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Page 323

PART III - CHAPTER VI
PISGAH

WHEN her eldest boy was three years old Lettie returned to live at Eberwich. Old Mr. Tempest died suddenly, so Leslie came down to inhabit Highclose. He was a very much occupied man. Very often he was in Germany or in the south of England engaged on business. At home he was unfailingly attentive to his wife and his two children. He had cultivated a taste for public life. In spite of his pressure of business he had become a county councillor, and one of the prominent members of the Conservative Association. He was very fond of answering or proposing toasts at some public dinner, of entertaining political men at Highclose, of taking the chair at political meetings, and finally, of speaking on this or that platform. His name was fairly often seen in the newspapers. As a mine owner, he spoke as an authority on the employment of labour, on royalties, land-owning, and so on.
At home he was quite tame. He treated his wife with respect, romped in the nursery, and domineered the servants royally. They liked him for it-her they did not like. He was noisy but unobservant, she was quiet and exacting. He would swear and bluster furiously, but when he was round the corner they smiled. She gave her orders and passed very moderate censure, but they went away cursing to themselves. As Lettie was always a very good wife, Leslie adored her when he had the time, and when he had not, forgot her comfortably.
She was very contradictory. At times she would write to me in terms of passionate dissatisfaction: she had nothing at all in her life, it was a barren futility.
`I hope I shall have another child next spring,' she would write, `there is only that to take away the misery of this torpor. I seem full of passion and energy, and it all fizzles out in day to day domestics---'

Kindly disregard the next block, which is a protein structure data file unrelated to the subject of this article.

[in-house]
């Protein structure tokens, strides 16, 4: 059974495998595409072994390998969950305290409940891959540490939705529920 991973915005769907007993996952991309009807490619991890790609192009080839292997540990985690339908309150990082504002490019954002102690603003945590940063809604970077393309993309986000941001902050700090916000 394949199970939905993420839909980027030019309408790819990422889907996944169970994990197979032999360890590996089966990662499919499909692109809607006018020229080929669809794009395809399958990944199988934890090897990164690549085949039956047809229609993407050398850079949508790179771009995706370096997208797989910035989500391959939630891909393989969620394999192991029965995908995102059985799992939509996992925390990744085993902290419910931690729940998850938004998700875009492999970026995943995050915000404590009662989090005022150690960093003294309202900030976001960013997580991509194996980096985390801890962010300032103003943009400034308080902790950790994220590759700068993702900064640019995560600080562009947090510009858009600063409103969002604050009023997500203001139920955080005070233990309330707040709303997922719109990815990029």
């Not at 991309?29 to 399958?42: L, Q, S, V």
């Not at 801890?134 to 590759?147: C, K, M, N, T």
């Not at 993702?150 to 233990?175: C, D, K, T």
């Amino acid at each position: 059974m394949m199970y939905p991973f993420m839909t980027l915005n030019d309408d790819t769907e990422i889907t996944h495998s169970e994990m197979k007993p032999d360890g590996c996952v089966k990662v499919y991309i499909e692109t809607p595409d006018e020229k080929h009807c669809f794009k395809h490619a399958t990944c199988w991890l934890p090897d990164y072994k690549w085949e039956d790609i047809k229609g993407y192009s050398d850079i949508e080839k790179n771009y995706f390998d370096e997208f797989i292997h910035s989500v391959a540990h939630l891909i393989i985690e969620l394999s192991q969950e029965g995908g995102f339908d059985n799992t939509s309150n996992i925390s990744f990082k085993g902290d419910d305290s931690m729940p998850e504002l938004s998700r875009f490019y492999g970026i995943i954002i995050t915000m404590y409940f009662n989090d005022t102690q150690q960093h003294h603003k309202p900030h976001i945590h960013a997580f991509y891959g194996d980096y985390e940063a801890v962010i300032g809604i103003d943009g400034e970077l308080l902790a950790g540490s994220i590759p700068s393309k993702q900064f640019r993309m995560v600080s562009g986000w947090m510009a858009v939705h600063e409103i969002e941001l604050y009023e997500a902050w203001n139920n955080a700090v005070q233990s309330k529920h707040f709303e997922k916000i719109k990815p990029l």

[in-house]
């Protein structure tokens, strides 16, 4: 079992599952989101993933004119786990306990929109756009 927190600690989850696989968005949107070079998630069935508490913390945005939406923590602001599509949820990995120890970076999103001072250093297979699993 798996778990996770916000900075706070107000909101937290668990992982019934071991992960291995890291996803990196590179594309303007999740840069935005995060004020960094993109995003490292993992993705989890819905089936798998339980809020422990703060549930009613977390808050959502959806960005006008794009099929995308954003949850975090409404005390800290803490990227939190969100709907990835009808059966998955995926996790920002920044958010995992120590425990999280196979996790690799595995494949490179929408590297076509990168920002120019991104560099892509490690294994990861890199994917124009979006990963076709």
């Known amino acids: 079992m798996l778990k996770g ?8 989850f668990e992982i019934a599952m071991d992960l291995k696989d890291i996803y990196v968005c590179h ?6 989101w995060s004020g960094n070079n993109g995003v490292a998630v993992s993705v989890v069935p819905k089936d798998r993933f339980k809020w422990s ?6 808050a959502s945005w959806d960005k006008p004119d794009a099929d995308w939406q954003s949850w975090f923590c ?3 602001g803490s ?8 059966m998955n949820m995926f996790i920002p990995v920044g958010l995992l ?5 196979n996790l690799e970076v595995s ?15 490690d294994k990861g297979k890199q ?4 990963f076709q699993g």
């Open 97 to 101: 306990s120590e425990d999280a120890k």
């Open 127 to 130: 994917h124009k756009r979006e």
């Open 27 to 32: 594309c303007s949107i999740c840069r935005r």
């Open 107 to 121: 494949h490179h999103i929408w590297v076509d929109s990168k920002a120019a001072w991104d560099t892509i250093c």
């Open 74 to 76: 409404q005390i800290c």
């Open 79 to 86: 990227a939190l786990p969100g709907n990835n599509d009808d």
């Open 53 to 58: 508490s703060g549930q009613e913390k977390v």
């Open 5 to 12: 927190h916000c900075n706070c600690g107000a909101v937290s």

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where is HTML where is HEAD where is TITLE WHEN her eldest boy was three years old Lettie returned to live at Eberwich. Old Mr. Tempest died suddenly, so Leslie came down to inhabit Highclose. He was a very much occupied man. Very often he was in Germany or in what is south of England engaged on business. At home he was unfailingly attentive to his wife and his two children. He had cultivated a taste for public life. In spite of his pressure of business he had become a county councillor, and one of what is prominent members of what is Conservative Association. He was very fond of answering or proposing toasts at some public dinner, of entertaining political men at Highclose, of taking what is chair at political meetings, and finally, of speaking on this or that platform. His name was fairly often seen in what is newspapers. As a mine owner, he spoke as an authority on what is employment of labour, on royalties, land-owning, and so on. At home he was quite tame. He treated his wife with respect, romped in what is nursery, and domineered what is servants royally. They liked him for it-her they did not like. He was noisy but unobservant, she was quiet and exacting. He would swear and bluster furiously, but when he was round what is corner they smiled. She gave her orders and passed very moderate censure, but they went away cursing to themselves. As Lettie was always a very good wife, Leslie adored her when he had what is time, and when he had not, forgot her comfortably. She was very contradictory. At times she would write to me in terms of passionate dissatisfaction: she had nothing at all in her life, it was a barren futility. `I hope I shall have another child next spring,' she would write, `there is only that to take away what is misery of this torpor. I seem full of passion and energy, and it all fizzles out in day to day domestics---' where is meta name="keywords" content="old books, Free book , free book offer , free audio books , free coloring book pages , free book reports , free audio book , audio books free download , book free , free guest book , books free , free book summaries , download free audio books , free childrens books." where is where are they now rel="stylesheet" type="text/css" href="../../style.css" where is meta http-equiv="Content-Type" content="text/html; charset=iso-8859-1" where is BODY bgColor=#ffffff text="#000000" where are they now ="#000000" v where are they now ="#FF0000" where is div align="center" where is strong where is strong where is a href="http://www.aaoldbooks.com" Books > where is a href="../default.asp" title="Book" Old Books > where is strong where is a href="default.asp" The White Peacock (1906) where is table width="700" border="1" align="center" cellpadding="15" cellspacing="0" where is center where is tr where is td width="160" align="center" valign="top" where is div align="center" where is td align="center" valign="top" where is div align="left" where is div align="center" where is p align="left" Page 323 where is strong PART III - CHAPTER VI PISGAH where is p align="justify" WHEN her eldest boy was three years old Lettie returned to live at Eberwich. Old Mr. Tempest died suddenly, so Leslie came down to inhabit Highclose. He was a very much occupied man. Very often he was in Germany or in what is south of England engaged on business. At home he was unfailingly attentive to his wife and his two children. He had cultivated a taste for public life. In spite of his pressure of business he had become a county councillor, and one of what is prominent members of what is Conservative Association. He was very fond of answering or proposing toasts at some public dinner, of entertaining political men at Highclose, of taking what is chair at political meetings, and finally, of speaking on this or that platform. His name was fairly often seen in what is newspapers. As a mine owner, he spoke as an authority on what is employment of labour, on royalties, land-owning, and so on. At home he was quite tame. He treated his wife with respect, romped in what is nursery, and domineered what is servants royally. They liked him for it-her they did not like. He was noisy but unobservant, she was quiet and exacting. He would swear and bluster furiously, but when he was round what is corner they smiled. She gave her orders and passed very moderate censure, but they went away cursing to themselves. As Lettie was always a very good wife, Leslie adored her when he had what is time, and when he had not, forgot her comfortably. She was very contradictory. At times she would write to me in terms of passionate dissatisfaction: she had nothing at all in her life, it was a barren futility. `I hope I shall have another child next spring,' she would write, `there is only that to take away what is misery of this torpor. I seem full of passion and energy, and it all fizzles out in day to day domestics---' where is Server.Execute("_SiteMap.asp") %